3. I had no idea that this book was even out there! It sounds so different and interesting, but I do admit that having the main vampire character being attracted to the "infantile being" might wear on me a little bit. This was a lovely review, by the way.

  4. What fun background info! Can you imagine, being stuck weather-bound with a group like that?!!!

  5. I've long wanted to read this because I love Romantic lit (like, the movement, altho I do like romantic things, too). It sounds so over the top, too, which I also love!

  6. I love the back story behind this one. I had heard about the story swapping but didn't realize this book was the product of that.

  7. Oh SWEET LORD! I'm going to have to get my paws on this one -- especially since it's a Nook book. I hope it's super cheap or lendable (wink wink). :D

  8. I like vampires in their raw form -- once you sanitize them and give them too many scruples, you destroy the eerie mystique of it all.

  9. Poor old Polidori. He didn't have a very nice time of it, but at least he left us vampires.

  10. I do enjoy vampire books - real vampire not the sparkely kind (sorry Twilight fans, but that was one of the biggest turn offs in that series.) It's interesting to see how they've evolved through time. I recently attend a convention where there was a panel on vampires, one panellist mentioned she owned over 2000 books on vampires alone. Thanks for the review, going to add thi one to my list.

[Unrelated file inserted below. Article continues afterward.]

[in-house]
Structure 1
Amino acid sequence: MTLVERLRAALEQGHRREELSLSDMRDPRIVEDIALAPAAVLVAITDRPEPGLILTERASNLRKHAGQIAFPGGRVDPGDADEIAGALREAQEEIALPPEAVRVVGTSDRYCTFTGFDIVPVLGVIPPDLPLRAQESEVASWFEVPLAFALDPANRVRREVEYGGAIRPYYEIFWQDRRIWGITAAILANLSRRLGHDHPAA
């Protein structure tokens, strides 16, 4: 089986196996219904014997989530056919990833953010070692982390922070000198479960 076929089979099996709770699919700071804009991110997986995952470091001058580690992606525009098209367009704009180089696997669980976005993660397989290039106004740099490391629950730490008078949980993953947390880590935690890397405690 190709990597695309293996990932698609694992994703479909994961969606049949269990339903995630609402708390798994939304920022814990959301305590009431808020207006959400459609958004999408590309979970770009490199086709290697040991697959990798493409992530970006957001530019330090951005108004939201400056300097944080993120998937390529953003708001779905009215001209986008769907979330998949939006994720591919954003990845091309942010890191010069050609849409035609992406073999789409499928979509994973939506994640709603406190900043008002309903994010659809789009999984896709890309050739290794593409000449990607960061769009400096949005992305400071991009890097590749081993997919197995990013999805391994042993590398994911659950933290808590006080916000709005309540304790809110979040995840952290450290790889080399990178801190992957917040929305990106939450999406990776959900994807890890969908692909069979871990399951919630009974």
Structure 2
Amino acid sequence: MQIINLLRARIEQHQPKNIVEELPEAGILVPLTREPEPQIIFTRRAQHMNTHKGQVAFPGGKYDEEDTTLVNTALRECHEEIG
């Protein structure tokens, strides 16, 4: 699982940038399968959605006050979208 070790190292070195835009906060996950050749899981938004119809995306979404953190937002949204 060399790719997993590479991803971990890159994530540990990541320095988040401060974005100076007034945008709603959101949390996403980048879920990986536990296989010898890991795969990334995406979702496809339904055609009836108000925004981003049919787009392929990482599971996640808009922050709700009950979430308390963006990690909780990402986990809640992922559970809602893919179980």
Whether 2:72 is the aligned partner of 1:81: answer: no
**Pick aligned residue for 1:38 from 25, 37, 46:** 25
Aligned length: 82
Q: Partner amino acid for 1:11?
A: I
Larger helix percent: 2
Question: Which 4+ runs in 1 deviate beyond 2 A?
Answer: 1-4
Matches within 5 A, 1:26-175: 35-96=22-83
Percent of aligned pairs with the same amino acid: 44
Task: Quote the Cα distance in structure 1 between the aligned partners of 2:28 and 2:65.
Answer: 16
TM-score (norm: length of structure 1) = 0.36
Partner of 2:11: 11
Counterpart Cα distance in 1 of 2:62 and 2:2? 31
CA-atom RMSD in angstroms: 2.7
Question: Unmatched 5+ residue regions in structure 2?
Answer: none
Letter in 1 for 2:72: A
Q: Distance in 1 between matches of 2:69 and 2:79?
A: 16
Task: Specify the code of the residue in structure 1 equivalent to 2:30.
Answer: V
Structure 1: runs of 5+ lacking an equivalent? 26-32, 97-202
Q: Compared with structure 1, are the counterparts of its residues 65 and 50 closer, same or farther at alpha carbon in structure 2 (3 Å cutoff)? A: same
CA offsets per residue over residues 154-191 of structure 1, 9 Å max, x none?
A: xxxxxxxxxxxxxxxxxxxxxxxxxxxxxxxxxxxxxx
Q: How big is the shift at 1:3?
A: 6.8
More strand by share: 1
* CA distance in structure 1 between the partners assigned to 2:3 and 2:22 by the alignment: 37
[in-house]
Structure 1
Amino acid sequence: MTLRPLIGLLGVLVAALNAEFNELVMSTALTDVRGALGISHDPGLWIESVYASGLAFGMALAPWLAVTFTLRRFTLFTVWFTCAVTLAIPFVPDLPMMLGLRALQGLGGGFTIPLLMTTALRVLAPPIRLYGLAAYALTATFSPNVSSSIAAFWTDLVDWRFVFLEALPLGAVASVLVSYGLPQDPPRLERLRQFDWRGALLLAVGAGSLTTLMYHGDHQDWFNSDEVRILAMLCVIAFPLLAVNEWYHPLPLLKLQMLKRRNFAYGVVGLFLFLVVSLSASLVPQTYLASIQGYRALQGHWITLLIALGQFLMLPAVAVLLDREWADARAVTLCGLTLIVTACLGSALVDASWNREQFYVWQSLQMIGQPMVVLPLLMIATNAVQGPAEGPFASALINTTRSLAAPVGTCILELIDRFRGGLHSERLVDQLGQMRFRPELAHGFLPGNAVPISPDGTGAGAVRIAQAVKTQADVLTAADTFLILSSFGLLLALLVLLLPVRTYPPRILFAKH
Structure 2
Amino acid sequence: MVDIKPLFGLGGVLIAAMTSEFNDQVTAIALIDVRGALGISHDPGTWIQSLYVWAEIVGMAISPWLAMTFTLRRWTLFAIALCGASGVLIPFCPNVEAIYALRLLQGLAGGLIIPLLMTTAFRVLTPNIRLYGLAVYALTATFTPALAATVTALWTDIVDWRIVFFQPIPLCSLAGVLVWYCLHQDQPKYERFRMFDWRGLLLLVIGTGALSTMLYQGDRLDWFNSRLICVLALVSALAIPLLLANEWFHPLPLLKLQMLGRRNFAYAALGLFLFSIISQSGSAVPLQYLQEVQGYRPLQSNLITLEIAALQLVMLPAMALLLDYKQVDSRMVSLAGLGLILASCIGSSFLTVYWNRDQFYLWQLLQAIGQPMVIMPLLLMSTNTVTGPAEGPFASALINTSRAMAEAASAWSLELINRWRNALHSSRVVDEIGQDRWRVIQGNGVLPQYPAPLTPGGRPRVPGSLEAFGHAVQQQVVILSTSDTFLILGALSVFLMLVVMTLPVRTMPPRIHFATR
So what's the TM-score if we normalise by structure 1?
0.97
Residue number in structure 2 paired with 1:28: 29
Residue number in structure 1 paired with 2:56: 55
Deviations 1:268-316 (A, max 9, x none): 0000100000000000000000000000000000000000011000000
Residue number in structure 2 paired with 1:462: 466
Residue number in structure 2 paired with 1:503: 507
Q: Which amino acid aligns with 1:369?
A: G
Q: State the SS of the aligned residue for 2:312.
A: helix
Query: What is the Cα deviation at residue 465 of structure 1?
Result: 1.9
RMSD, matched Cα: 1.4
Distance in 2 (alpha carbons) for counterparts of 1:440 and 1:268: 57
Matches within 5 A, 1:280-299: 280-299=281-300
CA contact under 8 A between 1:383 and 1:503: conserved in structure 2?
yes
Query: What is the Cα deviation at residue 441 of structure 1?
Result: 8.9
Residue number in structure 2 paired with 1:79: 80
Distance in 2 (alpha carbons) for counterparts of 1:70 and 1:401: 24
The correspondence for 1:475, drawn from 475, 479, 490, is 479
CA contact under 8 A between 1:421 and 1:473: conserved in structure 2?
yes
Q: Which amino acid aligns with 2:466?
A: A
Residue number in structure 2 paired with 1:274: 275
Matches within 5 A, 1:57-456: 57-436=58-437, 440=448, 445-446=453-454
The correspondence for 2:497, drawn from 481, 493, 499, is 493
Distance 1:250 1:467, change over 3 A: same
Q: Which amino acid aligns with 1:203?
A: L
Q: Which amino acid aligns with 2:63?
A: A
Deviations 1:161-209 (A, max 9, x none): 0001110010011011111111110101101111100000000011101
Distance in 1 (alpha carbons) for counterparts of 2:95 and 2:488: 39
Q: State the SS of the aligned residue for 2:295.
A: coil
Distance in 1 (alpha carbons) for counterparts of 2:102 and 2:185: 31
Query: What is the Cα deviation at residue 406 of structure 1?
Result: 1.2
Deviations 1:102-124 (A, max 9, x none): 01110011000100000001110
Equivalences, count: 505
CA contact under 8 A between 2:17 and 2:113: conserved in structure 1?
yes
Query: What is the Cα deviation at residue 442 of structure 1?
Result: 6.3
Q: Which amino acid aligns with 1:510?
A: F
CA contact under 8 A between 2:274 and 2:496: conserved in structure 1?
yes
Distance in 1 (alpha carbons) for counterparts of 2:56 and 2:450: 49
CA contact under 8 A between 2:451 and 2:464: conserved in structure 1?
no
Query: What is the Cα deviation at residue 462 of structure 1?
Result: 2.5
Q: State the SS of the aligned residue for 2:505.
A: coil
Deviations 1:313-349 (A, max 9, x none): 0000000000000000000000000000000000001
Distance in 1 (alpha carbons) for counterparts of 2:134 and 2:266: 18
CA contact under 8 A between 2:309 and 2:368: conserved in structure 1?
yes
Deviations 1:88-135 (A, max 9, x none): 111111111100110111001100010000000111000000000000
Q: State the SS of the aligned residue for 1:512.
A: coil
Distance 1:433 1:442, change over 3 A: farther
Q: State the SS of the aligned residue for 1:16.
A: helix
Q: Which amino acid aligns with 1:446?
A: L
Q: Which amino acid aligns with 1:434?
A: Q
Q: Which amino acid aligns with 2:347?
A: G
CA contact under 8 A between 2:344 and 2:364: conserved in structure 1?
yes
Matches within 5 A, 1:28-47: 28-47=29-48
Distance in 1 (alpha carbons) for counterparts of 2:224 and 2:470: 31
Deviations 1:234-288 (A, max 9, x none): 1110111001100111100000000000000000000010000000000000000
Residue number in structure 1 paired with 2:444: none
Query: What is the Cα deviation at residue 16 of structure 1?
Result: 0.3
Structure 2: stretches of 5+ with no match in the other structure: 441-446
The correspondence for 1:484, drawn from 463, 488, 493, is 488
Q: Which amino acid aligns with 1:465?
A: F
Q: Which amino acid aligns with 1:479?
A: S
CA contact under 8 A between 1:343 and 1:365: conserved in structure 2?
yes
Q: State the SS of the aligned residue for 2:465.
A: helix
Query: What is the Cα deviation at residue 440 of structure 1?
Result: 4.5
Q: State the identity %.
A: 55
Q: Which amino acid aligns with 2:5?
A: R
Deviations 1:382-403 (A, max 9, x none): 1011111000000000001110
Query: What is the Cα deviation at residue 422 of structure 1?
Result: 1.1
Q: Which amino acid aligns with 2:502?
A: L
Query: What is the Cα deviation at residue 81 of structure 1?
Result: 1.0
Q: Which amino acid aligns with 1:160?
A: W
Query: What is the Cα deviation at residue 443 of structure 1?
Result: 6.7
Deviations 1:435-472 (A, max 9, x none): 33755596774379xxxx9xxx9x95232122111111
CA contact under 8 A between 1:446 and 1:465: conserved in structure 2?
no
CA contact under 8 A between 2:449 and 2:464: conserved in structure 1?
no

11. I believe that Polidori was also the uncle of Christina and Dante Gabriel Rossetti. Literary connections abound. Cool, huh?

  12. I'd heard the urban legend about the group getting together to tell scary stories, but the version I heard went something like this: the group set up a challenge to see who could writing the scariest story. I knew Frankenstein was the result of that challenge (or evening, or whatever it was), and I knew that other people had written stories as well, but I'd never looked to see what those other stories were.

    I'm glad to see that someone wrote a vampire story. :)

    The classics do tend to put the sexism right out there in the open, don't they? I like it when books give me something to think about, though. Or at least roll my eyes at.